Each cell must be separate from another electrolyte wise. So you can't stack multiple plates in the same solution, like that of Pb batts.
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#5
(01-14-2020, 04:35 PM)Korishan Wrote:
(01-14-2020, 03:52 PM)OffGridInTheCity Wrote: Its an interesting watch but...  I didn't hear come away with the *key* info I was looking for  - e.g. voltage, amps, and power of the example battery.   Maybe I missed it?    He alluded that a few amps discharge can be expected but wasn't clear what size of cell he was thinking of.  He mentioned voltage going up/down/up during charging but didn't give an values or length of time.

You have to dig further down into the comments to get those answers.
Voltage is 1.85V per cell
Amps are based on surface area. He mentions that folding the electrode will give higher amp yields (I imagine like an air filter with all those folds)
Capacity is based on the amount of Zinc in solution
Charge rate is about 100-300mA. I'm guessing that is based on surface area, as well, but not sure
Discharge rate is around 1A
Each cell must be separate from another electrolyte wise. So you can't stack multiple plates in the same solution, like that of Pb batts.
Did you get a sense of the overall power density or more specifically a reasonable estimate of the power in the demo battery? 

 For example, a discharge of 1.8v@1a = 1.8watts per cell - which would be 1.8wh per hour.     A 2000mah 18650 cell has 7.4wh.   The sample battery would need to run  (7.4wh/1.8wh) = 4.1 hours be in the range of the power of a 2000mah 18650 cell.
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#6
(01-14-2020, 05:37 PM)OffGridInTheCity Wrote: Did you get a sense of the overall power density or more specifically a reasonable estimate of the power in the demo battery? 

 For example, a discharge of 1.8v@1a = 1.8watts per cell - which would be 1.8wh per hour.     A 2000mah 18650 cell has 7.4wh.   The sample battery would need to run  (7.4wh/1.8wh) = 4.1 hours be in the range of the power of a 2000mah 18650 cell.

True, I agree. The power density is only a fraction of that of Lithium based chemistries. However, there is a price difference. As I stated earlier, unless you have the space for these, they aren't really feasible. You'd need a lot of shelf space. The advantages would be that it's super safe, no explosions. It's super easy to build and cheap. It'd be a great system for those who are out in the middle of nowhere (forest dwellers for example) because of the space requirements.

When I get the garage done, I may try building some of these myself to see how easy and reliable they are.

Could you imagine having a solar farm, and under all the panels are banks of these cells? Have the solar panel connected to the batteries through an mppt charger, then connect the batteries to the main line heading to the main storage and/or inverter.
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#7
Just saw the latest youtube - https://youtu.be/OBIiSrodqjE - where he made 'solid' battery cells with same chemistry of the liquid ones and stacked 7 of them for 7 * 1..85 = 12.95v. He also said they (each cell) has about 4.5w.. which is 2432mAh. That sounds fantastic.. as that's not that far from an ordinary 18650 cell and only 2-3 times larger for same power - certainly 'in range' of practicality in my view. Of course we don't know the cycle(s) etc... but still.....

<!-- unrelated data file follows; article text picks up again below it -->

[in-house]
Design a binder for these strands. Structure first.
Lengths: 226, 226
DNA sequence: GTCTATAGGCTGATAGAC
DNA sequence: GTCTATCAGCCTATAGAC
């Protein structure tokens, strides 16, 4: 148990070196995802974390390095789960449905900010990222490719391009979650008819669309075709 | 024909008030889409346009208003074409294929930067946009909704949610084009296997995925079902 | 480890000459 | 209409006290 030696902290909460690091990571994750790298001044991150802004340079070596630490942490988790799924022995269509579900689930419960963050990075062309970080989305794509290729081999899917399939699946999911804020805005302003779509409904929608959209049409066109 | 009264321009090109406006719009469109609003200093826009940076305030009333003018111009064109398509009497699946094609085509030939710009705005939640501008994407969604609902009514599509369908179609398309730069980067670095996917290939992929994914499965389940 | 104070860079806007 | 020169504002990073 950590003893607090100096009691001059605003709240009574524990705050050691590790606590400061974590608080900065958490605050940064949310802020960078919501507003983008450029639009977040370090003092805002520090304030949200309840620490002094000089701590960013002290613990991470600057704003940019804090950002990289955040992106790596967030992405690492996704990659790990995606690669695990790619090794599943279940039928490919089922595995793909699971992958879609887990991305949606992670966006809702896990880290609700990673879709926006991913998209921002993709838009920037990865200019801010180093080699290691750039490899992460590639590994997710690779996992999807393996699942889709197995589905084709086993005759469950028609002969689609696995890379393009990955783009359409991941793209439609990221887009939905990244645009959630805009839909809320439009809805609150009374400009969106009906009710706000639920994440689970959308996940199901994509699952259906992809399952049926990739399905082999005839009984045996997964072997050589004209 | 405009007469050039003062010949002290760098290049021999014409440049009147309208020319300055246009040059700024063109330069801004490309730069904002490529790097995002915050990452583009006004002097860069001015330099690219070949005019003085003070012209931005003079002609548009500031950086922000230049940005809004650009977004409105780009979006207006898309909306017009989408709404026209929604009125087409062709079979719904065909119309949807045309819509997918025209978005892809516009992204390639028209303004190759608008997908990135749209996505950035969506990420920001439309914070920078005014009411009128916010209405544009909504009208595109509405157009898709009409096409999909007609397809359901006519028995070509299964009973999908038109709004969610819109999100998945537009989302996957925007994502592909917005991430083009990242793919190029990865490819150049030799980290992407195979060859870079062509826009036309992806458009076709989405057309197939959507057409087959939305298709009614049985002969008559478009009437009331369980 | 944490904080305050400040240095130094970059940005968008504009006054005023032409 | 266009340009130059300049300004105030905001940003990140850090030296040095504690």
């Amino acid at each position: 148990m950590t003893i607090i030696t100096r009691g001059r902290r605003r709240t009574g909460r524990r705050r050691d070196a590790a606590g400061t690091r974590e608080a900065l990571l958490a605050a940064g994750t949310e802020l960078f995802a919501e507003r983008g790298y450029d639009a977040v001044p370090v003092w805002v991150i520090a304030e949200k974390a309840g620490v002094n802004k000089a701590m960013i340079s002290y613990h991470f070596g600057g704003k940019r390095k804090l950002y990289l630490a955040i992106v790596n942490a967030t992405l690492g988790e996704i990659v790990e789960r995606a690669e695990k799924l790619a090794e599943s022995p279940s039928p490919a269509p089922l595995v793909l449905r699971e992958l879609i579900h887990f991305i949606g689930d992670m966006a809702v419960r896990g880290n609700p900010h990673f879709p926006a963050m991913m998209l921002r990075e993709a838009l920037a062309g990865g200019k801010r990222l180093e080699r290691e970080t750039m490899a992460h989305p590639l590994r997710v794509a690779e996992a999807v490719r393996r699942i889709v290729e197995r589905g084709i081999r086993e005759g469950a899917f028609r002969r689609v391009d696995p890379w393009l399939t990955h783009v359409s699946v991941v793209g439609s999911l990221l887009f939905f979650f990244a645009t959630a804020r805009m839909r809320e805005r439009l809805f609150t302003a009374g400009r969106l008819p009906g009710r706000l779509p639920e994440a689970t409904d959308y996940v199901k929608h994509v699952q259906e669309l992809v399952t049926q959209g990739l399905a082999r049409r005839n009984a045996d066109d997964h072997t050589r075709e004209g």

I must say - it looked pretty impressive!
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#8
Isn't Zinc Bromide expensive?
Where would you get it in the US or Canada?

Wikipedia says ~ $400/kWh
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#9
(01-17-2020, 11:00 PM)Bubba Wrote: Isn't Zinc Bromide expensive?
Where would you get it in the US or Canada?

Wikipedia says ~ $400/kWh


According to the Optimization and Design of ..., the estimated cost of Zinc Bromide is $2.3 to $3.1 per kg but I image the estimates are based on buying in large volume, and does not include other costs such as shipping. I don't know where you can purchase it in NA but you can get it in bulk on Alibaba. Robert Murray-Smith is going to be making a video on how to make zinc bromide electrolyte yourself but I wonder how cost effective that would be.

What's really important when building these cells is "$ per kWh over its lifetime (number of cycles) at a given energy efficiency," before going large scale.


(01-17-2020, 04:55 PM)OffGridInTheCity Wrote: Just saw the latest youtube - https://youtu.be/OBIiSrodqjE - where he made 'solid' battery cells with same chemistry of the liquid ones and stacked 7 of them for 7 * 1..85 = 12.95v.  He also said they (each cell) has about 4.5w..  which is 2432mAh.  That sounds fantastic..  as that's not that far from an ordinary 18650 cell and only 2-3 times larger for same power - certainly 'in range' of practicality in my view.    Of course we don't know the cycle(s) etc...  but still.....

I must say - it looked pretty impressive!

It does! I would LOVE to see his cell analyzed with a battery analyzer/cycler. The cell he made is different from the initial, and optimized versions that were created by Princeton University.
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#10
Bromine is more expensive, correct. It's easily obtained from Pool/Spa stores as it's used as a Chlorine replacement in spa/hot-tub sanitizing because it's stable at higher temps. But, this is mostly BromoChloro-5, or basically Bromine and Chlorine bonded together. Probably wouldn't be able to use it without having to process it first.

However, you can get Bromine Water, which is Br2 dissolved in water
https://www.labsupplyoutlaws.com/chemica...-500ml.htm
This costs $125USD

Not sure how much of this solution you'd need, though, to make the batteries.